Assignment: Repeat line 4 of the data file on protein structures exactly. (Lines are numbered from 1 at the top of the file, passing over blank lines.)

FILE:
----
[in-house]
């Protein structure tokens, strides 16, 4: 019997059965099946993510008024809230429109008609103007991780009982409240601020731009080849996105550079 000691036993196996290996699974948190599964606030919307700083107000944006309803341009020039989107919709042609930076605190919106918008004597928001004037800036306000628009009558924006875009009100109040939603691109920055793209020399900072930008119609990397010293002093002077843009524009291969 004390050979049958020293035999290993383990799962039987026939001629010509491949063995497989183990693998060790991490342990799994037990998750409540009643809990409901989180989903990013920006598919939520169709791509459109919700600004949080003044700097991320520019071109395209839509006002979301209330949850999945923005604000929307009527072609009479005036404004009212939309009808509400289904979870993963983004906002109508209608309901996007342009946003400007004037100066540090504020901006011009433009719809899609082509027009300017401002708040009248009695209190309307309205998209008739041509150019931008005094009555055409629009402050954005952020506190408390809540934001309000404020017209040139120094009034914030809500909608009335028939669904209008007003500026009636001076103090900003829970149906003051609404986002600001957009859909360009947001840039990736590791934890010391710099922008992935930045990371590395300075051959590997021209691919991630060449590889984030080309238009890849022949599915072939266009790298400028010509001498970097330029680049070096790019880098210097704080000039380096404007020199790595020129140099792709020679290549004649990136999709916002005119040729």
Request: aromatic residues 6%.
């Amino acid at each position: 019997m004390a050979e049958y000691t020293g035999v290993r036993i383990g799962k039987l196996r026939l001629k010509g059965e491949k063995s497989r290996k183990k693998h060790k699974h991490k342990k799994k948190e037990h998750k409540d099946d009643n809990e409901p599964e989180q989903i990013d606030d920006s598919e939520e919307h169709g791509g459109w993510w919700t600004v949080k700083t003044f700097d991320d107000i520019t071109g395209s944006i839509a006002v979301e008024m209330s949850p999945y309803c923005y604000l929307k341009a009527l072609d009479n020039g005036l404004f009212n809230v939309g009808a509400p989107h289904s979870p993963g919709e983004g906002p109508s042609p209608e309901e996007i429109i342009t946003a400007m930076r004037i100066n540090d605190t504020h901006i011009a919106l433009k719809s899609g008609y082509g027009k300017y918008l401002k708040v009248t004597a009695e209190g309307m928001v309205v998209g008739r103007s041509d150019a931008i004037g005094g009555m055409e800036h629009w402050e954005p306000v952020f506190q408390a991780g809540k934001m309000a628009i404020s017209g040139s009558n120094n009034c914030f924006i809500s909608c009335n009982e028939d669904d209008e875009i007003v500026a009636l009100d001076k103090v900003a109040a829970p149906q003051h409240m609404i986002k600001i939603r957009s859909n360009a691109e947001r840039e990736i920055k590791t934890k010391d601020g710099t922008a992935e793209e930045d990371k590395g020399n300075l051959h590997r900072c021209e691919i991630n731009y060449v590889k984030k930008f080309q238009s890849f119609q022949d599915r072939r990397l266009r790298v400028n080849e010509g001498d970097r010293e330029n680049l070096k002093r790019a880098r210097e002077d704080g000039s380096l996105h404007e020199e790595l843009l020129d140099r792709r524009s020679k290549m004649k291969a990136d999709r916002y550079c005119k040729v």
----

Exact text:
């Amino acid at each position: 019997m004390a050979e049958y000691t020293g035999v290993r036993i383990g799962k039987l196996r026939l001629k010509g059965e491949k063995s497989r290996k183990k693998h060790k699974h991490k342990k799994k948190e037990h998750k409540d099946d009643n809990e409901p599964e989180q989903i990013d606030d920006s598919e939520e919307h169709g791509g459109w993510w919700t600004v949080k700083t003044f700097d991320d107000i520019t071109g395209s944006i839509a006002v979301e008024m209330s949850p999945y309803c923005y604000l929307k341009a009527l072609d009479n020039g005036l404004f009212n809230v939309g009808a509400p989107h289904s979870p993963g919709e983004g906002p109508s042609p209608e309901e996007i429109i342009t946003a400007m930076r004037i100066n540090d605190t504020h901006i011009a919106l433009k719809s899609g008609y082509g027009k300017y918008l401002k708040v009248t004597a009695e209190g309307m928001v309205v998209g008739r103007s041509d150019a931008i004037g005094g009555m055409e800036h629009w402050e954005p306000v952020f506190q408390a991780g809540k934001m309000a628009i404020s017209g040139s009558n120094n009034c914030f924006i809500s909608c009335n009982e028939d669904d209008e875009i007003v500026a009636l009100d001076k103090v900003a109040a829970p149906q003051h409240m609404i986002k600001i939603r957009s859909n360009a691109e947001r840039e990736i920055k590791t934890k010391d601020g710099t922008a992935e793209e930045d990371k590395g020399n300075l051959h590997r900072c021209e691919i991630n731009y060449v590889k984030k930008f080309q238009s890849f119609q022949d599915r072939r990397l266009r790298v400028n080849e010509g001498d970097r010293e330029n680049l070096k002093r790019a880098r210097e002077d704080g000039s380096l996105h404007e020199e790595l843009l020129d140099r792709r524009s020679k290549m004649k291969a990136d999709r916002y550079c005119k040729v």